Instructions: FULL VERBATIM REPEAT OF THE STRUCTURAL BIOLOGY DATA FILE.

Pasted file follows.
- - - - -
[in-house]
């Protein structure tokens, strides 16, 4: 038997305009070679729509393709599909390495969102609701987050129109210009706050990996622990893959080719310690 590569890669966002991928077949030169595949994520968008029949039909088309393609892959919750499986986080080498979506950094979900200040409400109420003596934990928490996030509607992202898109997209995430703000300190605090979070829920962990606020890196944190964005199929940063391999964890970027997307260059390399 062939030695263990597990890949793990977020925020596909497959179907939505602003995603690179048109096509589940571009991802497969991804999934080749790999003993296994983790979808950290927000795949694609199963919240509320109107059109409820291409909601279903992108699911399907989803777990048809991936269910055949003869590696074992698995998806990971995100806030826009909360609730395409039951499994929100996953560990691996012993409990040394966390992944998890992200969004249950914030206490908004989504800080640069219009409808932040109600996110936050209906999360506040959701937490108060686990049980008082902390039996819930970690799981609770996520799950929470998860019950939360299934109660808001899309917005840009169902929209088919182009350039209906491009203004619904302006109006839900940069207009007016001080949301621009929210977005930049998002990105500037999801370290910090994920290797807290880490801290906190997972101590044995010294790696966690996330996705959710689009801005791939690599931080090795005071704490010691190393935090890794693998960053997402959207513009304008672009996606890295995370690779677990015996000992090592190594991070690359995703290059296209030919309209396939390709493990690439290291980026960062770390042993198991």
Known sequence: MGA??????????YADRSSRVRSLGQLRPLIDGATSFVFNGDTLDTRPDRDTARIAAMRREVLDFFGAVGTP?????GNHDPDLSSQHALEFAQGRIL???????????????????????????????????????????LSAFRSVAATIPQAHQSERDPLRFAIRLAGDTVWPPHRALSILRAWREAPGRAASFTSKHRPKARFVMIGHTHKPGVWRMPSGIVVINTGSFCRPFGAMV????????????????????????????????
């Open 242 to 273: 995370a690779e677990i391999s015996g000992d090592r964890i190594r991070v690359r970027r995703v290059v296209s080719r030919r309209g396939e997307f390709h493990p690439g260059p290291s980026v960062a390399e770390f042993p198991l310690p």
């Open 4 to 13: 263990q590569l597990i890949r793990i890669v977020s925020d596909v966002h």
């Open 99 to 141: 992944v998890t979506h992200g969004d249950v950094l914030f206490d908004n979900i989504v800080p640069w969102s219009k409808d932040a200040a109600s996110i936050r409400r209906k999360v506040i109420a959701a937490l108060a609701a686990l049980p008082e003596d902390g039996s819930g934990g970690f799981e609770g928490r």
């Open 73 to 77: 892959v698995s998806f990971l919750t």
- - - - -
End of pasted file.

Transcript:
[in-house]
């Protein structure tokens, strides 16, 4: 038997305009070679729509393709599909390495969102609701987050129109210009706050990996622990893959080719310690 590569890669966002991928077949030169595949994520968008029949039909088309393609892959919750499986986080080498979506950094979900200040409400109420003596934990928490996030509607992202898109997209995430703000300190605090979070829920962990606020890196944190964005199929940063391999964890970027997307260059390399 062939030695263990597990890949793990977020925020596909497959179907939505602003995603690179048109096509589940571009991802497969991804999934080749790999003993296994983790979808950290927000795949694609199963919240509320109107059109409820291409909601279903992108699911399907989803777990048809991936269910055949003869590696074992698995998806990971995100806030826009909360609730395409039951499994929100996953560990691996012993409990040394966390992944998890992200969004249950914030206490908004989504800080640069219009409808932040109600996110936050209906999360506040959701937490108060686990049980008082902390039996819930970690799981609770996520799950929470998860019950939360299934109660808001899309917005840009169902929209088919182009350039209906491009203004619904302006109006839900940069207009007016001080949301621009929210977005930049998002990105500037999801370290910090994920290797807290880490801290906190997972101590044995010294790696966690996330996705959710689009801005791939690599931080090795005071704490010691190393935090890794693998960053997402959207513009304008672009996606890295995370690779677990015996000992090592190594991070690359995703290059296209030919309209396939390709493990690439290291980026960062770390042993198991």
Known sequence: MGA??????????YADRSSRVRSLGQLRPLIDGATSFVFNGDTLDTRPDRDTARIAAMRREVLDFFGAVGTP?????GNHDPDLSSQHALEFAQGRIL???????????????????????????????????????????LSAFRSVAATIPQAHQSERDPLRFAIRLAGDTVWPPHRALSILRAWREAPGRAASFTSKHRPKARFVMIGHTHKPGVWRMPSGIVVINTGSFCRPFGAMV????????????????????????????????
């Open 242 to 273: 995370a690779e677990i391999s015996g000992d090592r964890i190594r991070v690359r970027r995703v290059v296209s080719r030919r309209g396939e997307f390709h493990p690439g260059p290291s980026v960062a390399e770390f042993p198991l310690p």
């Open 4 to 13: 263990q590569l597990i890949r793990i890669v977020s925020d596909v966002h």
């Open 99 to 141: 992944v998890t979506h992200g969004d249950v950094l914030f206490d908004n979900i989504v800080p640069w969102s219009k409808d932040a200040a109600s996110i936050r409400r209906k999360v506040i109420a959701a937490l108060a609701a686990l049980p008082e003596d902390g039996s819930g934990g970690f799981e609770g928490r």
């Open 73 to 77: 892959v698995s998806f990971l919750t």